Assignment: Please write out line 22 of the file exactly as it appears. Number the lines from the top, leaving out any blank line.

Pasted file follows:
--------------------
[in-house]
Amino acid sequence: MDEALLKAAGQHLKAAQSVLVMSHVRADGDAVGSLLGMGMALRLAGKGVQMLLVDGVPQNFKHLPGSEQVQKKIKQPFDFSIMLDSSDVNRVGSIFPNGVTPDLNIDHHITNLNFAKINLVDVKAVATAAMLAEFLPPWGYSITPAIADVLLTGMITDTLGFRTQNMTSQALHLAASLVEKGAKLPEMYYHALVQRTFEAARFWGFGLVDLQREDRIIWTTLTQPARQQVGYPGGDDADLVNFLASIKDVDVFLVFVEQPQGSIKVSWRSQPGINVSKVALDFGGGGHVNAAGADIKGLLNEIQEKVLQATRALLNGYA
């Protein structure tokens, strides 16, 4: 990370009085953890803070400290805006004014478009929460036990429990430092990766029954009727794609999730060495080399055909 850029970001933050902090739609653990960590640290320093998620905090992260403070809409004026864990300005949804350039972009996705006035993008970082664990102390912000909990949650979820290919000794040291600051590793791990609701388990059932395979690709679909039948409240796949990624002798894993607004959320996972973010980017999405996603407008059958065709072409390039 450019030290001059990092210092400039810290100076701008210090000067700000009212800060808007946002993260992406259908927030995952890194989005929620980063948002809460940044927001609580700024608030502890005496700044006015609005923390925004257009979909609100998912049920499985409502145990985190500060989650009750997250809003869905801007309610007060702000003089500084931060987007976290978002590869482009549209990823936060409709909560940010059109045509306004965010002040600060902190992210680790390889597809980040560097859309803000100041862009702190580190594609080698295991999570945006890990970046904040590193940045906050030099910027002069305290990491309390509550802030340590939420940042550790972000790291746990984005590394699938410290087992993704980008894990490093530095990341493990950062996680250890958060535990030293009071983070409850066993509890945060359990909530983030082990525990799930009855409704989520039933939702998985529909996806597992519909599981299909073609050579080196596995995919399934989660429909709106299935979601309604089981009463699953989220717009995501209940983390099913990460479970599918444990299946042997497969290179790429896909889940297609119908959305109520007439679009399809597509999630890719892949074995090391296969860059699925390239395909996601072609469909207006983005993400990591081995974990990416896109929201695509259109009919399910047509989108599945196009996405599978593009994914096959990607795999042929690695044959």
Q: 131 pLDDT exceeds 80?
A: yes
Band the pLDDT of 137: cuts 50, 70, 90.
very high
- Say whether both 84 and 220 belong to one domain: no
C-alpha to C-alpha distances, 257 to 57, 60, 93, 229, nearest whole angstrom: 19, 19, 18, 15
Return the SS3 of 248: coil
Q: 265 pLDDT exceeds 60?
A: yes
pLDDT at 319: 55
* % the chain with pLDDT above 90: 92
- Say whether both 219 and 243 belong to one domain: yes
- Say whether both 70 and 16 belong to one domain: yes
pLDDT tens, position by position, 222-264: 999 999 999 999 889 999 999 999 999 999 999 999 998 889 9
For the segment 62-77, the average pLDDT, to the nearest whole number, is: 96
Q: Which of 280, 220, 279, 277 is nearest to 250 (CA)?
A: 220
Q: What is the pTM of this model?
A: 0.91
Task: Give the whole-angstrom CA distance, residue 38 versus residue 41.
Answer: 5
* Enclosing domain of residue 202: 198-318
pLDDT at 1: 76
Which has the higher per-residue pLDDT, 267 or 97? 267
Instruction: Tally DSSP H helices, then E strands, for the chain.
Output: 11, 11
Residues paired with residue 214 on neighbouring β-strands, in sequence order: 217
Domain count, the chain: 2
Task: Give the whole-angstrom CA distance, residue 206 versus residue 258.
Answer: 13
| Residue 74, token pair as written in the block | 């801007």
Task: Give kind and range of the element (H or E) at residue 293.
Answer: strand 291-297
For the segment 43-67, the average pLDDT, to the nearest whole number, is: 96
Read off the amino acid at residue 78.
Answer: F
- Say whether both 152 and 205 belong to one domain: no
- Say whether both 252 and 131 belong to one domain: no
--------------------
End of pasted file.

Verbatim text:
A: 0.91